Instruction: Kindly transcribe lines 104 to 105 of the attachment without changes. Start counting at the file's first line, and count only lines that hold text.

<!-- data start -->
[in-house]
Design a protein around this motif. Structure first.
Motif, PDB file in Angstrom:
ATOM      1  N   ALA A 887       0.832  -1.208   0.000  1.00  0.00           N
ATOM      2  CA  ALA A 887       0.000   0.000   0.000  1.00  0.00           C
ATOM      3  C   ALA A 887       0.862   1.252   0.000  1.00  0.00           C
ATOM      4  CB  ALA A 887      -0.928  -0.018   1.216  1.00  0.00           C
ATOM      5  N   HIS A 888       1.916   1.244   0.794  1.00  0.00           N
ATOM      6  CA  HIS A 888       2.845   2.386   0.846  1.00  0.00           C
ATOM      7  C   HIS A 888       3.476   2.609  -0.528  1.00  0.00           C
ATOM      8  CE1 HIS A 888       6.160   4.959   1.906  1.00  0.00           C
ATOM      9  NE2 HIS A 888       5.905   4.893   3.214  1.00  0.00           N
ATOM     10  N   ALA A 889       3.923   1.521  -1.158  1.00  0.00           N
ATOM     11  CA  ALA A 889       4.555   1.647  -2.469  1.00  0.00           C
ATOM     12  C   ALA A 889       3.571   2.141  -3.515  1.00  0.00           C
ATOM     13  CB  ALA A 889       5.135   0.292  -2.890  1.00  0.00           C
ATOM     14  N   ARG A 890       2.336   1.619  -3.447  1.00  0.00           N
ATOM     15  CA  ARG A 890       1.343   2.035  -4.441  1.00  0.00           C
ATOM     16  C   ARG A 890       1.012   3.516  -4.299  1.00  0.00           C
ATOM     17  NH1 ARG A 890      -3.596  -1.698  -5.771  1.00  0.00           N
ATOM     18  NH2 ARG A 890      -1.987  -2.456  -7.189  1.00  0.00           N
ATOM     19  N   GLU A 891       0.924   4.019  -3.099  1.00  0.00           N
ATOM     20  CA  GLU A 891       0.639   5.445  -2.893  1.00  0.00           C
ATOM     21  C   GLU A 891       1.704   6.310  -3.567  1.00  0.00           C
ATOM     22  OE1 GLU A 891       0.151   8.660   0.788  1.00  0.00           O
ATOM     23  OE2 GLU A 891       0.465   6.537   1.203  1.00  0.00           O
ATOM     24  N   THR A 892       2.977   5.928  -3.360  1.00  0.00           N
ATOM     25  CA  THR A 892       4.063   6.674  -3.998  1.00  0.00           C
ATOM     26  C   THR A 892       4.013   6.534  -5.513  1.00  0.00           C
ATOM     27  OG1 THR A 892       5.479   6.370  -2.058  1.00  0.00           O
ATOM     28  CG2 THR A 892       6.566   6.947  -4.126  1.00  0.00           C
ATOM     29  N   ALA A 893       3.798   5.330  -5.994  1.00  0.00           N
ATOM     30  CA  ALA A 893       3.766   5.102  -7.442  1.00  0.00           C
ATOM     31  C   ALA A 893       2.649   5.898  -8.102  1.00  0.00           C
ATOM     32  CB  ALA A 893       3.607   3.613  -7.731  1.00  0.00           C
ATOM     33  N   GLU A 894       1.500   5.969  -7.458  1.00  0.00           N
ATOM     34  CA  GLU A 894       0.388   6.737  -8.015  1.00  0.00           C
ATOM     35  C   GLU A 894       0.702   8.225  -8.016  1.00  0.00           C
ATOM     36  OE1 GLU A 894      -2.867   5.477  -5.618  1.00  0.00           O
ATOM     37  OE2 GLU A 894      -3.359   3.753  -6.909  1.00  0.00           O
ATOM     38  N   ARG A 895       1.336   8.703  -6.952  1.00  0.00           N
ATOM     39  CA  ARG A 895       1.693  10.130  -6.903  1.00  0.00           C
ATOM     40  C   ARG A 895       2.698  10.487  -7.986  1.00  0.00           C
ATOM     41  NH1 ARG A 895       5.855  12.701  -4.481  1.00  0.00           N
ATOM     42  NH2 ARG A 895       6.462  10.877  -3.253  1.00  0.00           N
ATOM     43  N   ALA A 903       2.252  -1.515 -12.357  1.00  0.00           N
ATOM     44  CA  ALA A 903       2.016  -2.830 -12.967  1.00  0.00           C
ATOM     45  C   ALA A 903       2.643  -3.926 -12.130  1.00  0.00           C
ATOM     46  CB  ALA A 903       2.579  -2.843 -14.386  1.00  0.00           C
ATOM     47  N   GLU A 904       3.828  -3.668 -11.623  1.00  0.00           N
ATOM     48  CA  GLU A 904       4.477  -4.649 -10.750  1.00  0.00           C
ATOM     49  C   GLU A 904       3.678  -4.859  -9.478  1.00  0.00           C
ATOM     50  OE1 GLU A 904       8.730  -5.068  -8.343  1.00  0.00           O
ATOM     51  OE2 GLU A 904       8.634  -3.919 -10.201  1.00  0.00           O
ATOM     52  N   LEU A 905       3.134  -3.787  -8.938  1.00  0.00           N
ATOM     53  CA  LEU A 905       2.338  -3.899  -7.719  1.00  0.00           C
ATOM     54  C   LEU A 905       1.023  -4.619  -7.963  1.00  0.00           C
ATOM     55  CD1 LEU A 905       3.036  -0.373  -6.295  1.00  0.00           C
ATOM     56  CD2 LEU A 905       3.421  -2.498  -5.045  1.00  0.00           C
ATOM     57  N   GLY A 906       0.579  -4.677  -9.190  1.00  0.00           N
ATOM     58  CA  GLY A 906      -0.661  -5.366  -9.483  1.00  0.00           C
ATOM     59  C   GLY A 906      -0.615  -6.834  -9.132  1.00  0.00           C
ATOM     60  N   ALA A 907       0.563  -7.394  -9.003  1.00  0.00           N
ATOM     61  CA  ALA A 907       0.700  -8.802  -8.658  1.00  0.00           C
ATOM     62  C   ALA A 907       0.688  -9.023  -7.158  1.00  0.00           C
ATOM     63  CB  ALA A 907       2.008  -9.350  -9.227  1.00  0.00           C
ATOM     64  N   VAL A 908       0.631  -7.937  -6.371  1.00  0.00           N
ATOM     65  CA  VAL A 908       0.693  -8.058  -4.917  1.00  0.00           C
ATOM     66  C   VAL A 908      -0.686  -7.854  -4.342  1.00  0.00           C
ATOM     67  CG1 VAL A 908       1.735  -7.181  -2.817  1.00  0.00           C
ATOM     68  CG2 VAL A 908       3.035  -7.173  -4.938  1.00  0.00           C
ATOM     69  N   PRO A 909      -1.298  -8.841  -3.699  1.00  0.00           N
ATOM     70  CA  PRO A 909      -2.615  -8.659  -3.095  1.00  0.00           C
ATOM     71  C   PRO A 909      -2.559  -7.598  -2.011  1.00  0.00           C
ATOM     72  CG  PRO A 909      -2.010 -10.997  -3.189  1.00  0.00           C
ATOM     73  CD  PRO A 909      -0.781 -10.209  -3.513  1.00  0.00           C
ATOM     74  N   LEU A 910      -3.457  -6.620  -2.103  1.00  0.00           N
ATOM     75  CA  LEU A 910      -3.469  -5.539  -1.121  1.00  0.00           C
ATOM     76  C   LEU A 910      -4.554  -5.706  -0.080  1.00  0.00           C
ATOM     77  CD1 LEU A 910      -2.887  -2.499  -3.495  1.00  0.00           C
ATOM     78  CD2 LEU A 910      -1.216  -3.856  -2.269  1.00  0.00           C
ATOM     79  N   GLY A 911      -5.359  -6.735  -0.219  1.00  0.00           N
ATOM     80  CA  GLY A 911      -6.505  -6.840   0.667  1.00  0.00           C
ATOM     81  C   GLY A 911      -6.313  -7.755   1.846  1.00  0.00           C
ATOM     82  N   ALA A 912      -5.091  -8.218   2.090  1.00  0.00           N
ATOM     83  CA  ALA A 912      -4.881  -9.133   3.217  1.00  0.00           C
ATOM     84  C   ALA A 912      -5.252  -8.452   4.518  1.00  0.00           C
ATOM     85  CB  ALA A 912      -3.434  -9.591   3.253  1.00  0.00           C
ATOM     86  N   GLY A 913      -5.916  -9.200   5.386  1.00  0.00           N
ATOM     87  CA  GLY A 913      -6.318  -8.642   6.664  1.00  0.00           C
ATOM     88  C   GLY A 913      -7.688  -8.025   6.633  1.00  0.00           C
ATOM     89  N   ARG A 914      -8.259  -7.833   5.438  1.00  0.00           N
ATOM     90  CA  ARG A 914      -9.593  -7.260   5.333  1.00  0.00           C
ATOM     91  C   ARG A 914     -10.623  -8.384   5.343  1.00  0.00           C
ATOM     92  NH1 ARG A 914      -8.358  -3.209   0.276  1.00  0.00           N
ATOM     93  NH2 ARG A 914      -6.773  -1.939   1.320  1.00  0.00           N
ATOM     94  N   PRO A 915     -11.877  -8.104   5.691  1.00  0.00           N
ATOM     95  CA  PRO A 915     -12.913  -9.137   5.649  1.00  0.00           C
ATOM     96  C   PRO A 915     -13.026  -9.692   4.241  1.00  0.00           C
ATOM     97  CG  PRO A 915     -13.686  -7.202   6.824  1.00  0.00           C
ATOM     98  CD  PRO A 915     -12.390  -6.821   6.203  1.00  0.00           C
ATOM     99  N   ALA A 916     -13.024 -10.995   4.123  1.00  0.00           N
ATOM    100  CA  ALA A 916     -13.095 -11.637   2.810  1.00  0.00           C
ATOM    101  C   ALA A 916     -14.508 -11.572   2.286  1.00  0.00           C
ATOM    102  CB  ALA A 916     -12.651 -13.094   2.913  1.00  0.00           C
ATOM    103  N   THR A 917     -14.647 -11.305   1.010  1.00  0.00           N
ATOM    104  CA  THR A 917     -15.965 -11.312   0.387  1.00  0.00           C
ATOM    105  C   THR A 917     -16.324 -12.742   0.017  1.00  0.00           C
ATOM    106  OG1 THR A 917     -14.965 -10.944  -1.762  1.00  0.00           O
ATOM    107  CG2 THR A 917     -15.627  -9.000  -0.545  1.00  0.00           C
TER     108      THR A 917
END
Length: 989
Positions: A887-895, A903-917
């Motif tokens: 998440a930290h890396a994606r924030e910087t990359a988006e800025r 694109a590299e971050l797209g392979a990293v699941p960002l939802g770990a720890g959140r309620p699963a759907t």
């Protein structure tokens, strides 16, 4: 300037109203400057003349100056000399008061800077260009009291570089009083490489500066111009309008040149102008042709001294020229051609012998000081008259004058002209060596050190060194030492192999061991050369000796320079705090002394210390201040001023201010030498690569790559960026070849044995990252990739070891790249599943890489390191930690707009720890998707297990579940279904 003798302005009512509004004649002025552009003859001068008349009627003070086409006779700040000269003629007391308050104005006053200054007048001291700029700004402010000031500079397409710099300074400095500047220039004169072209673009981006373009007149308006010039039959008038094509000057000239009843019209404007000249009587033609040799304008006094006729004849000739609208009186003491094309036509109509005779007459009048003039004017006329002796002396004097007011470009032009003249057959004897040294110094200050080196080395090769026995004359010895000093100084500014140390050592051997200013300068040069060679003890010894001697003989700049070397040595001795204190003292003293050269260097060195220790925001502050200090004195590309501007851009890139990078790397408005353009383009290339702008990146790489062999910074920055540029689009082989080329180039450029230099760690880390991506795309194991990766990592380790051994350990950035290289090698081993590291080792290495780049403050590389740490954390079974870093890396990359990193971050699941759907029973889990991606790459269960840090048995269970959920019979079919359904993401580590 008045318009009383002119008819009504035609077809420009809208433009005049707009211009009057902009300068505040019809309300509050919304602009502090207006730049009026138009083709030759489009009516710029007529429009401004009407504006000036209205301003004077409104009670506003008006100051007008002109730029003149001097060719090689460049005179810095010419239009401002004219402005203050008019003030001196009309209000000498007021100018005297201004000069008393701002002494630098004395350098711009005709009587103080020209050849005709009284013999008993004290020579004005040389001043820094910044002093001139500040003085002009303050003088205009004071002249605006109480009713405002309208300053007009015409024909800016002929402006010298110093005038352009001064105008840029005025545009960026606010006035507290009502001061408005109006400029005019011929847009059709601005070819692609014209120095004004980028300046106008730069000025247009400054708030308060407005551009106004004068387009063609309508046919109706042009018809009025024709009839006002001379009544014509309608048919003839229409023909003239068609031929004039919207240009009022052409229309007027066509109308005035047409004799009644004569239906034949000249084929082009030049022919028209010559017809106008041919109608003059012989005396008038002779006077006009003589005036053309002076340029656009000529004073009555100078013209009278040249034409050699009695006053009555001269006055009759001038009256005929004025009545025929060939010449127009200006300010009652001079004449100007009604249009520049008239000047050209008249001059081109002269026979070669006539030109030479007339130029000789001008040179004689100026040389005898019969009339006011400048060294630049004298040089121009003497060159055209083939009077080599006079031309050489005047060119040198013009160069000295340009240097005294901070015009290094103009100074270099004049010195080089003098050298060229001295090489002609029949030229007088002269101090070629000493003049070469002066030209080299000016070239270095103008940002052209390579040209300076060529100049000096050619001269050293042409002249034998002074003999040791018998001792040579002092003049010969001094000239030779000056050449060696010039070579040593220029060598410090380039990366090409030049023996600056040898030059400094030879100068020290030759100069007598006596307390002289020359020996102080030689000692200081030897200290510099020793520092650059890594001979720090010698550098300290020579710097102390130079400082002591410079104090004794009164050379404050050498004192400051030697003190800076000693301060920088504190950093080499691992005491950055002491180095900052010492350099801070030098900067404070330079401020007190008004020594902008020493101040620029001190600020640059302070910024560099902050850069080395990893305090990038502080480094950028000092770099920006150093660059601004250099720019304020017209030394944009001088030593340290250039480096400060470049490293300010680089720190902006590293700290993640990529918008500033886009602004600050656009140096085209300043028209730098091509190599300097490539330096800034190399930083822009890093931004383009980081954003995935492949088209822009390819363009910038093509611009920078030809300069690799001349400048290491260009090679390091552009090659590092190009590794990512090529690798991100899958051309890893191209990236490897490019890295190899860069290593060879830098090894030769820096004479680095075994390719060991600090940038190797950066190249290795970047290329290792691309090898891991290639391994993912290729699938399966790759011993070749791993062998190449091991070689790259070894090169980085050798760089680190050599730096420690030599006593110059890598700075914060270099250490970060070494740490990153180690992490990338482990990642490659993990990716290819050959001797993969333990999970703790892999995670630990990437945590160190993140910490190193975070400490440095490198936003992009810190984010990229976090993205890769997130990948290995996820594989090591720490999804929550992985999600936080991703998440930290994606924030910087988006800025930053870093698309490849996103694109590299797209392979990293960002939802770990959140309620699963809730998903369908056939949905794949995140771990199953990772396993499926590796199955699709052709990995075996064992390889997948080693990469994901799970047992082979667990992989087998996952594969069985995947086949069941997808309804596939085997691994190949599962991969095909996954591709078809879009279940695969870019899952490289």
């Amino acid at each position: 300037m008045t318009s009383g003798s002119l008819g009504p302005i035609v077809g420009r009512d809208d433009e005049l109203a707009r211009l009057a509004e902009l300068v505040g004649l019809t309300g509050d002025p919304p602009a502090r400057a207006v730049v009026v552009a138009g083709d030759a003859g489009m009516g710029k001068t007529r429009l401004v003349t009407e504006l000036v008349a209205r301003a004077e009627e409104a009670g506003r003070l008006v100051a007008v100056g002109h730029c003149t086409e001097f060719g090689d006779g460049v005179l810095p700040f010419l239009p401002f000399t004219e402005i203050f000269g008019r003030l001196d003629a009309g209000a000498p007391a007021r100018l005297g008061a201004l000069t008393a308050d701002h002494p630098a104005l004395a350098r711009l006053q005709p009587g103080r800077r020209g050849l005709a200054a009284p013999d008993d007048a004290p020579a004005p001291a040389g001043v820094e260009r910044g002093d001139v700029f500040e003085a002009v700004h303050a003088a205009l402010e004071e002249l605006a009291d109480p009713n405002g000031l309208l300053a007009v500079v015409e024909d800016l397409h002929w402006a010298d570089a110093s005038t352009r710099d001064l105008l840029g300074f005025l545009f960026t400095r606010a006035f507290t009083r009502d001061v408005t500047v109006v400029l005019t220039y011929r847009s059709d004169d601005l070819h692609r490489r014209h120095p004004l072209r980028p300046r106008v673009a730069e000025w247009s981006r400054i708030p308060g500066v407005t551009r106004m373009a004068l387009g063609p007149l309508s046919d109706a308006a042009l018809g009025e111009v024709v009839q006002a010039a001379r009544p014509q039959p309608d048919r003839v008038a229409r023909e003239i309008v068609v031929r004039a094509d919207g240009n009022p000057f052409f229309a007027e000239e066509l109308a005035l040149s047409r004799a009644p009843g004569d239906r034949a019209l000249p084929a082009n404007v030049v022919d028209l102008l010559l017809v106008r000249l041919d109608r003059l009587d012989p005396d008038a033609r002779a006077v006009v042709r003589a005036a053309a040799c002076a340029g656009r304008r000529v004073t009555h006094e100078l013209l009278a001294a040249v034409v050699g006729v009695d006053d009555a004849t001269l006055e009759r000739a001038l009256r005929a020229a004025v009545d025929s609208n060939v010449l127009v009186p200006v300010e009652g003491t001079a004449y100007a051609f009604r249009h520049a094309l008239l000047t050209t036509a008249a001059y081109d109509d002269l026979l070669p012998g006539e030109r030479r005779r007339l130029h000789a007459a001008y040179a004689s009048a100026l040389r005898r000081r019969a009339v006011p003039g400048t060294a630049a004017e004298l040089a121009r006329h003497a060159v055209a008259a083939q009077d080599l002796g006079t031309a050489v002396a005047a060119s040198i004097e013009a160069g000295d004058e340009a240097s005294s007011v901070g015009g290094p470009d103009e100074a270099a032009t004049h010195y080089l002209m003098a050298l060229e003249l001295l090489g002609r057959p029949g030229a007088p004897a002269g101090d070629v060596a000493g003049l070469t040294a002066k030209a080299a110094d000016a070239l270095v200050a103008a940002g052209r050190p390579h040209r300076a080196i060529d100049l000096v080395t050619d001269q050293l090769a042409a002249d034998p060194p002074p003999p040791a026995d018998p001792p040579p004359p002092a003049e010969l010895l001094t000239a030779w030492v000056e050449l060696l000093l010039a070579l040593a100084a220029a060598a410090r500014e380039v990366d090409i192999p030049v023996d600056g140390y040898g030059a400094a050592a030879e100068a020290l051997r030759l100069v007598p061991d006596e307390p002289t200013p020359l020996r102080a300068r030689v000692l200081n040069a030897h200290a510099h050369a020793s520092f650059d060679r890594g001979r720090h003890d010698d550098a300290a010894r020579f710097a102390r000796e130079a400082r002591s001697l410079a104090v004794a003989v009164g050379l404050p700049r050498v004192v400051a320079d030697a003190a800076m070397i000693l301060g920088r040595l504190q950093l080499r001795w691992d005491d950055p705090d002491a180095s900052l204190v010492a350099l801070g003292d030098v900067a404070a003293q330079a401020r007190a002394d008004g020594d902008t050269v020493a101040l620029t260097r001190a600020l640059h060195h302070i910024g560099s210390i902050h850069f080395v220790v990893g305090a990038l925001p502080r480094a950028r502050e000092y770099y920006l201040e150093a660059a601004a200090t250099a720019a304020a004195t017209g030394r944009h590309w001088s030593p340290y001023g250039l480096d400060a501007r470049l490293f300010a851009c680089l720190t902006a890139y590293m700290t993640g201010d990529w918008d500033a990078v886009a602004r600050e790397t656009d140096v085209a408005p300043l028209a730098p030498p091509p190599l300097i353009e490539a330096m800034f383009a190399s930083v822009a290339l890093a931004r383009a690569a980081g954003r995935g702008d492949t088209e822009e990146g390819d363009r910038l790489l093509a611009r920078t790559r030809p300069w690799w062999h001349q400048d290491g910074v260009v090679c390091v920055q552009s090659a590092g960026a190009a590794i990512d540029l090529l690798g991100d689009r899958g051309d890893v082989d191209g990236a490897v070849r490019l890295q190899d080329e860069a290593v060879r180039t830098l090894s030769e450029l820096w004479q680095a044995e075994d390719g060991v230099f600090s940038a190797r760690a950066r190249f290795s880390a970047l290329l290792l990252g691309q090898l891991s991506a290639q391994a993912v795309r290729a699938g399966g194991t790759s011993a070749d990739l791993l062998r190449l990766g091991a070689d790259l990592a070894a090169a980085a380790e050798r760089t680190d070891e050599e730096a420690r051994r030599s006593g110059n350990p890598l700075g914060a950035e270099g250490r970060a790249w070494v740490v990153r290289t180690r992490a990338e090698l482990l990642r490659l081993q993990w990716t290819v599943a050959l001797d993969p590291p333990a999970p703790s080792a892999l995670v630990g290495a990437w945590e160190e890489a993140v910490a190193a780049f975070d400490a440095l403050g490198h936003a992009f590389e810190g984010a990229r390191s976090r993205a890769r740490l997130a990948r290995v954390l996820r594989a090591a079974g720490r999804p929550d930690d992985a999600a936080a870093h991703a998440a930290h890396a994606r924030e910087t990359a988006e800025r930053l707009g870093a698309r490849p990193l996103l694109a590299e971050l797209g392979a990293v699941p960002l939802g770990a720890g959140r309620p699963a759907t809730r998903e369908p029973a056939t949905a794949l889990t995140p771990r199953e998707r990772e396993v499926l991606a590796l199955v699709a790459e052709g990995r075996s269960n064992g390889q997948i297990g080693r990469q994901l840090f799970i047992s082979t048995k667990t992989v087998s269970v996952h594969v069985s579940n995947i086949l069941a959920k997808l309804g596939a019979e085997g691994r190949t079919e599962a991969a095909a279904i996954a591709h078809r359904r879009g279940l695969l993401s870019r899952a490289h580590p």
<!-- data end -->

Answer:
ATOM    101  C   ALA A 916     -14.508 -11.572   2.286  1.00  0.00           C
ATOM    102  CB  ALA A 916     -12.651 -13.094   2.913  1.00  0.00           C